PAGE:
Why do I run?
A few years ago, a friend challenged me to run a mile each day for a year.
I’d never been a runner, and I always hated running. Like many, I thought it probably the most uninspiring way to exercise. However my friend and I are extremely competitive so I took his challenge and decided to run 1 mile every day.
What an experience.
On 1st of January, like the rest of the country I was feeling a bit delicate and I suffered through a cold and windy mile cursing my decision to take the bet.
On 2nd January, I was insufferably smug as I ran through the Edinburgh Meadows in the sun, feeling like an athlete for this first time in my life.
I went through a lot of ups and downs that year. There were days where it was a genuine pleasure to get out, clear the head, and get the lungs working and blood pumping.
There were days where it felt like a chore and I loathed every single second of it. However, I consoled myself with the fact that a mile can be run in a matter of minutes and that it would soon be over. That always saw me through.
I didn’t manage to complete the challenge.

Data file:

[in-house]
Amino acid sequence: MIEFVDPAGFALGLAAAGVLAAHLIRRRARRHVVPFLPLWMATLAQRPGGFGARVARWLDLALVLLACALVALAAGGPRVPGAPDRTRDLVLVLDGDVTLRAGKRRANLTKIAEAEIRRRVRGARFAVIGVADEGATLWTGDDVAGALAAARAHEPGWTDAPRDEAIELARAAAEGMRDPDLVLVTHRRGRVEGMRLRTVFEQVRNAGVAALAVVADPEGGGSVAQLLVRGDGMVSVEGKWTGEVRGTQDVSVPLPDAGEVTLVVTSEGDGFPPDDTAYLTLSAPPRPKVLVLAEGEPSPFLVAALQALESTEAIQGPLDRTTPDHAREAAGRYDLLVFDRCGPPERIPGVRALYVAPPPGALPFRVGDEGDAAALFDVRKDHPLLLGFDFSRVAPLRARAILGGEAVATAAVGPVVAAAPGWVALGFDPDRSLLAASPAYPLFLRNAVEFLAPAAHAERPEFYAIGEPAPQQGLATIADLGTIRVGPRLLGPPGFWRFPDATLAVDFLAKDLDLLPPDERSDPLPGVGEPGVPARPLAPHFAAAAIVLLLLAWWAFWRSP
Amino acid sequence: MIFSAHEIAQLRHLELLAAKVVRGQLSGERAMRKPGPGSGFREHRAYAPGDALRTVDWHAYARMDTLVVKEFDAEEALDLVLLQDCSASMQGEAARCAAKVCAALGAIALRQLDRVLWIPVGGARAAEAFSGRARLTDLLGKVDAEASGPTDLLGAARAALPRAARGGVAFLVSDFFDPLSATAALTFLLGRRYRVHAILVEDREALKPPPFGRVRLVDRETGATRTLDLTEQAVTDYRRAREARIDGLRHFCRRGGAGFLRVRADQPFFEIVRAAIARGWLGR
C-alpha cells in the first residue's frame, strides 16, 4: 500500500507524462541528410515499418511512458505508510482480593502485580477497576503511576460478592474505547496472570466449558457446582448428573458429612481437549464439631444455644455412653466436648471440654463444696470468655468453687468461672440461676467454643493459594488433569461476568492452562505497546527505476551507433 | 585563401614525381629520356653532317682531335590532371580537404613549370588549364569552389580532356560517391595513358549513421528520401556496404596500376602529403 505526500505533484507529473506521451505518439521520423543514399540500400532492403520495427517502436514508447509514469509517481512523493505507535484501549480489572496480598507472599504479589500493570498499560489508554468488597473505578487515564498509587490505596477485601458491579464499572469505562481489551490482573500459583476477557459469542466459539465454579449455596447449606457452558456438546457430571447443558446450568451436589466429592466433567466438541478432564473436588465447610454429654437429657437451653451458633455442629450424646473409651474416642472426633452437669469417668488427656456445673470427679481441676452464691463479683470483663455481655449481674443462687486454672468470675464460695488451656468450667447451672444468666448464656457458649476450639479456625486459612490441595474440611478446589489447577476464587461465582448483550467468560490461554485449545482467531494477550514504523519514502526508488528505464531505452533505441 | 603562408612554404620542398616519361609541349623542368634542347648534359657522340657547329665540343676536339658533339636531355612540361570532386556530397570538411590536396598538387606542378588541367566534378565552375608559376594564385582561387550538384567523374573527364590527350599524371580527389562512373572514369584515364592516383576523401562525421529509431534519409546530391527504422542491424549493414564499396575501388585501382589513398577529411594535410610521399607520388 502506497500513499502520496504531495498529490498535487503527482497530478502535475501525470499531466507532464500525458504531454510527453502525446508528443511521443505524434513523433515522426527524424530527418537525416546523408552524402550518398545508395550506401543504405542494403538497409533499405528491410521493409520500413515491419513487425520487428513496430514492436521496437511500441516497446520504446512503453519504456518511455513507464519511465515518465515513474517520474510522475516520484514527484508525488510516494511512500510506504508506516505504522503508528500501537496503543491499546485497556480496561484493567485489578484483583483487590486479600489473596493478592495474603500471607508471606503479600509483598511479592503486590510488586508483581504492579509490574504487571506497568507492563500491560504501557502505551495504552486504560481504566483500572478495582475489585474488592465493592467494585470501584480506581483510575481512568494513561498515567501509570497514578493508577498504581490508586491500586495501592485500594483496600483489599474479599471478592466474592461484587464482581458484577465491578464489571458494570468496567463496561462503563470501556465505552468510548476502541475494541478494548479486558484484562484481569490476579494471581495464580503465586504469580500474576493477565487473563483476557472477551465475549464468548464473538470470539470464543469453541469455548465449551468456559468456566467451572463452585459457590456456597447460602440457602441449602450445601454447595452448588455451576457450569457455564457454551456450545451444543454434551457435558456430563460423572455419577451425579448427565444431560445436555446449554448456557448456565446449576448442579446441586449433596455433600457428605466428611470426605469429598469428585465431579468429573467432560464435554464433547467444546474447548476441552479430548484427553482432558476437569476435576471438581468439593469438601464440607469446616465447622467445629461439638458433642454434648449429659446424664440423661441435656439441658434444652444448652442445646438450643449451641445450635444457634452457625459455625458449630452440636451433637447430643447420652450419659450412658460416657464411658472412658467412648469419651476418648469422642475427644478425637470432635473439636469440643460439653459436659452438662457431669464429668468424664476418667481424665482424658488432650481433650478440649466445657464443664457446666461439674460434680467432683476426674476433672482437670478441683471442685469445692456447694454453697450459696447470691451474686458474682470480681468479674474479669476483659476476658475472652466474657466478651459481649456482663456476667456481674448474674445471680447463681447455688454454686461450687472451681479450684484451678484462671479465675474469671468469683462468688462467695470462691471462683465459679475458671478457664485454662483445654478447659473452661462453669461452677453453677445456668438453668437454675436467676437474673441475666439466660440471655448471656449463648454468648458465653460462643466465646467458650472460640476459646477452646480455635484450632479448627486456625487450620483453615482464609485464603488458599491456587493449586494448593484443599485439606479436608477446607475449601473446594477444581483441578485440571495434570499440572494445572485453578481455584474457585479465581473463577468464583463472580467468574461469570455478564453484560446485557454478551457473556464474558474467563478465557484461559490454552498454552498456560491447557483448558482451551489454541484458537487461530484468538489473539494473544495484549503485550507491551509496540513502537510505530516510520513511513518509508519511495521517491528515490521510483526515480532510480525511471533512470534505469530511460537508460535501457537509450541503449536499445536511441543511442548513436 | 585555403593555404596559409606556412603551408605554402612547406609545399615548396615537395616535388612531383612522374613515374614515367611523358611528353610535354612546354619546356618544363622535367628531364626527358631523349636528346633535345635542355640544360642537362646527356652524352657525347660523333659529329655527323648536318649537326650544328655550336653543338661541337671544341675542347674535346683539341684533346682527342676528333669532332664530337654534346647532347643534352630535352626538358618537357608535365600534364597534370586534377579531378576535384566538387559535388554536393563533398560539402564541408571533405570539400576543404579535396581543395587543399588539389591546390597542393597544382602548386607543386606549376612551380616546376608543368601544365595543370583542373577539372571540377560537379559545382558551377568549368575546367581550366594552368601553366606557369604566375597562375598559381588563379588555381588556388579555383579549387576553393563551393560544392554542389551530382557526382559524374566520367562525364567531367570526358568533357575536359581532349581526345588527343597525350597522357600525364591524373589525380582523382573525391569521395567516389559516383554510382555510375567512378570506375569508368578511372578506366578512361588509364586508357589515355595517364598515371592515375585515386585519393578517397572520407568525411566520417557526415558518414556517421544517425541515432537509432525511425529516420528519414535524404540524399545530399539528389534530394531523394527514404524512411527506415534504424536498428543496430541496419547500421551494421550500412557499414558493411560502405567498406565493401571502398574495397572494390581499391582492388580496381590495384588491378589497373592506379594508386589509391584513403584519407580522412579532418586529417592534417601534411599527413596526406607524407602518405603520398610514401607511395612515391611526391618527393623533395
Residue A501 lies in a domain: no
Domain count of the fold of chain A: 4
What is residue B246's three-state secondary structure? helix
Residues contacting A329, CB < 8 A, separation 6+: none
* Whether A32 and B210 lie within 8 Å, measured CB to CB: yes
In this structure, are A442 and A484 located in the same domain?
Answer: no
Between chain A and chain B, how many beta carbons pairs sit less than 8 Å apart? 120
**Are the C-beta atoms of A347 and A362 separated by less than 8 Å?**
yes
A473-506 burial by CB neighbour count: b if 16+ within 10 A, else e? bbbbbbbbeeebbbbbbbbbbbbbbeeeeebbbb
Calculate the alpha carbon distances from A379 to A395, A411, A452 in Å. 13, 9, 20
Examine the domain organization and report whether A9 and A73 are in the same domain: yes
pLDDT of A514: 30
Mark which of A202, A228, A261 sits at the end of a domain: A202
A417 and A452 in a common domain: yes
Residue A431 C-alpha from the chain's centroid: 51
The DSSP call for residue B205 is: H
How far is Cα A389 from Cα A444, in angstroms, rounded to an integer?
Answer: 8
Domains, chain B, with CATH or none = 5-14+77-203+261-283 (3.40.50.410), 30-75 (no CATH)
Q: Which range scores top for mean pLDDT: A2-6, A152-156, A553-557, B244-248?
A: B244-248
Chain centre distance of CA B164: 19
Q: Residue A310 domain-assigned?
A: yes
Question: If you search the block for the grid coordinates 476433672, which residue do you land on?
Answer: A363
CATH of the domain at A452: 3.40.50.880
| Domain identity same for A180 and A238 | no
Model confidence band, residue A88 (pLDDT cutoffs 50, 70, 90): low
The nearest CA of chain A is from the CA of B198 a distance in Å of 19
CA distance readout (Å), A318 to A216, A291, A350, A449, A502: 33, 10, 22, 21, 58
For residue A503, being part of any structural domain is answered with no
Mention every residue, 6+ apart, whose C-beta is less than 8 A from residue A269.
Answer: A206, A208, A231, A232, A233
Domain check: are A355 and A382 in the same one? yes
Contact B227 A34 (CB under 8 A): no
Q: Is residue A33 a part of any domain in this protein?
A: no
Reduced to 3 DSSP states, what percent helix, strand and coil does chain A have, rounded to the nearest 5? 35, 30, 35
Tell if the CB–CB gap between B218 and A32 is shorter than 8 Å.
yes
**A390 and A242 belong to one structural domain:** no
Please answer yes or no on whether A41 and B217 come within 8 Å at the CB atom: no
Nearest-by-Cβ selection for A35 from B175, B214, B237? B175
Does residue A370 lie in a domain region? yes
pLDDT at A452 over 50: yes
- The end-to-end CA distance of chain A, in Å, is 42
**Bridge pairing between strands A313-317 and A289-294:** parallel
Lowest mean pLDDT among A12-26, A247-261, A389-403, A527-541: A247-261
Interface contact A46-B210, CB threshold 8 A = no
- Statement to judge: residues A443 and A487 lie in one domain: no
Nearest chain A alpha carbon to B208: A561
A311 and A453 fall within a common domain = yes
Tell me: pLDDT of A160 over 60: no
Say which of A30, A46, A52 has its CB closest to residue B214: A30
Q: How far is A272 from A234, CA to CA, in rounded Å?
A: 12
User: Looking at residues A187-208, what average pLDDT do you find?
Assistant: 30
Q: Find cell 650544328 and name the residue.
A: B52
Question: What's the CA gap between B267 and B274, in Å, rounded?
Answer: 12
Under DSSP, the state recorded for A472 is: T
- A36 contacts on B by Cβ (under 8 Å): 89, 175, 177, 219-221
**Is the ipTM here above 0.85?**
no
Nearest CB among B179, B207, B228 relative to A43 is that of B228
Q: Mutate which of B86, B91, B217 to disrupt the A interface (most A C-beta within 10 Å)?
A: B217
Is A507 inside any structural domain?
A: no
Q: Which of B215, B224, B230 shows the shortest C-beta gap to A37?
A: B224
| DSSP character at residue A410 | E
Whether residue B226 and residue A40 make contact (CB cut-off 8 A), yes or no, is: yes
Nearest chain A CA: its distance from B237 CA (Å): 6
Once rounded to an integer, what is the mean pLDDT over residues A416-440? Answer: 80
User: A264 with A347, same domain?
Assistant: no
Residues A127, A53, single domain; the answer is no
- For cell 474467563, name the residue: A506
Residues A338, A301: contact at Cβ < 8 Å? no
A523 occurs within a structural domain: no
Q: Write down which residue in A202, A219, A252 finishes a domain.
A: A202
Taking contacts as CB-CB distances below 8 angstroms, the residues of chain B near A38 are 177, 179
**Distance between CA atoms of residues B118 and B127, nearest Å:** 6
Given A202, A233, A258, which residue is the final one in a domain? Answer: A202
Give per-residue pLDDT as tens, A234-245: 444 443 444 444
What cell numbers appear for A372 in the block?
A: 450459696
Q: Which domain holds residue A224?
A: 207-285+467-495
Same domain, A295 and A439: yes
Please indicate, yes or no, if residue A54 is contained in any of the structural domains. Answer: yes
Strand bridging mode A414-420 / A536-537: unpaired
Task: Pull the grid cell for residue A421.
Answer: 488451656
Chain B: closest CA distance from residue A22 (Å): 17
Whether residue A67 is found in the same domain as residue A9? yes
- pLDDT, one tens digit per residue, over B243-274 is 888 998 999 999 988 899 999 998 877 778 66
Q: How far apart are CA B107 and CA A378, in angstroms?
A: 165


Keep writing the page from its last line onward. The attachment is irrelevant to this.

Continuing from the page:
Despite managing to run a mile per day in my hiking boots, jumping over rocks, whilst avoiding tree branches and snakes in the 98% humidity and 28 degree heat of the forests of northern Colombia, it seems that the local cuisine got the better of me. After leaving the national park, I spent a day in bed with my head in a bucket. I missed one day’s running in October, having managed nearly 300 consecutive days of running.
I was disappointed not to complete the challenge. However, I did discover that I love running, and since then have run 10ks, half marathons, marathons, and hill races across the country, with my next being the Stirling marathon next week where I’m going for my hat trick of marathons.
As for my friend? He managed the challenge. And the following year increased his daily run to 3 miles. He’s now running 5 miles a day.
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Blog by Paul Deans